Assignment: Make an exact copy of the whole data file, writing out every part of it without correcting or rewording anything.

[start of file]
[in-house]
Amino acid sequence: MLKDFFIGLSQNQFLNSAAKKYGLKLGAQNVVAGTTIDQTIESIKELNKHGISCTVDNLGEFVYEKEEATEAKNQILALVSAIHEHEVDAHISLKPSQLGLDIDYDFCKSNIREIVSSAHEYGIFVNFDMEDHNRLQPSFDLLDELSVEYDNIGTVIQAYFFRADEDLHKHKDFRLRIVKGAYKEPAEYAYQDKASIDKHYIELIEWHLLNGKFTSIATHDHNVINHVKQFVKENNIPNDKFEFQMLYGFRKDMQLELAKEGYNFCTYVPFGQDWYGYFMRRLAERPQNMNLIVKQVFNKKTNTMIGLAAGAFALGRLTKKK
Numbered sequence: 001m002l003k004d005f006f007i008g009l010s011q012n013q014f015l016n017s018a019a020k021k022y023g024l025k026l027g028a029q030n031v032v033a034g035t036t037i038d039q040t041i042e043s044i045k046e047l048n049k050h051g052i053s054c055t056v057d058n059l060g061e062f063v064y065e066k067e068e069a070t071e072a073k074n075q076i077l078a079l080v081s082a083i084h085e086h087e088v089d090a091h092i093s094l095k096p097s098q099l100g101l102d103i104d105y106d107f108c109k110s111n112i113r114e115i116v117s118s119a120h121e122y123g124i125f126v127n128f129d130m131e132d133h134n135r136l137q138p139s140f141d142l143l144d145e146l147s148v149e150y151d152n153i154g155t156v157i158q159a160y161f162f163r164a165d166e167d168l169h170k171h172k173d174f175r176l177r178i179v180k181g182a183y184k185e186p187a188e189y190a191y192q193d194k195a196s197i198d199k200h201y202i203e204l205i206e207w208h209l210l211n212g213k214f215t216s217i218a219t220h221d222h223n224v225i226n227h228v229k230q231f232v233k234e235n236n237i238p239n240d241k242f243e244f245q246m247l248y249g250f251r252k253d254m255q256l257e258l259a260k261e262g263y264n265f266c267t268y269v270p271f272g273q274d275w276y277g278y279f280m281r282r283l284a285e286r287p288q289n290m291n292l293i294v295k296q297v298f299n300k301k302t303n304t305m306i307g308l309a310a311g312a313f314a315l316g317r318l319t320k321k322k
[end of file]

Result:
[in-house]
Amino acid sequence: MLKDFFIGLSQNQFLNSAAKKYGLKLGAQNVVAGTTIDQTIESIKELNKHGISCTVDNLGEFVYEKEEATEAKNQILALVSAIHEHEVDAHISLKPSQLGLDIDYDFCKSNIREIVSSAHEYGIFVNFDMEDHNRLQPSFDLLDELSVEYDNIGTVIQAYFFRADEDLHKHKDFRLRIVKGAYKEPAEYAYQDKASIDKHYIELIEWHLLNGKFTSIATHDHNVINHVKQFVKENNIPNDKFEFQMLYGFRKDMQLELAKEGYNFCTYVPFGQDWYGYFMRRLAERPQNMNLIVKQVFNKKTNTMIGLAAGAFALGRLTKKK
Numbered sequence: 001m002l003k004d005f006f007i008g009l010s011q012n013q014f015l016n017s018a019a020k021k022y023g024l025k026l027g028a029q030n031v032v033a034g035t036t037i038d039q040t041i042e043s044i045k046e047l048n049k050h051g052i053s054c055t056v057d058n059l060g061e062f063v064y065e066k067e068e069a070t071e072a073k074n075q076i077l078a079l080v081s082a083i084h085e086h087e088v089d090a091h092i093s094l095k096p097s098q099l100g101l102d103i104d105y106d107f108c109k110s111n112i113r114e115i116v117s118s119a120h121e122y123g124i125f126v127n128f129d130m131e132d133h134n135r136l137q138p139s140f141d142l143l144d145e146l147s148v149e150y151d152n153i154g155t156v157i158q159a160y161f162f163r164a165d166e167d168l169h170k171h172k173d174f175r176l177r178i179v180k181g182a183y184k185e186p187a188e189y190a191y192q193d194k195a196s197i198d199k200h201y202i203e204l205i206e207w208h209l210l211n212g213k214f215t216s217i218a219t220h221d222h223n224v225i226n227h228v229k230q231f232v233k234e235n236n237i238p239n240d241k242f243e244f245q246m247l248y249g250f251r252k253d254m255q256l257e258l259a260k261e262g263y264n265f266c267t268y269v270p271f272g273q274d275w276y277g278y279f280m281r282r283l284a285e286r287p288q289n290m291n292l293i294v295k296q297v298f299n300k301k302t303n304t305m306i307g308l309a310a311g312a313f314a315l316g317r318l319t320k321k322k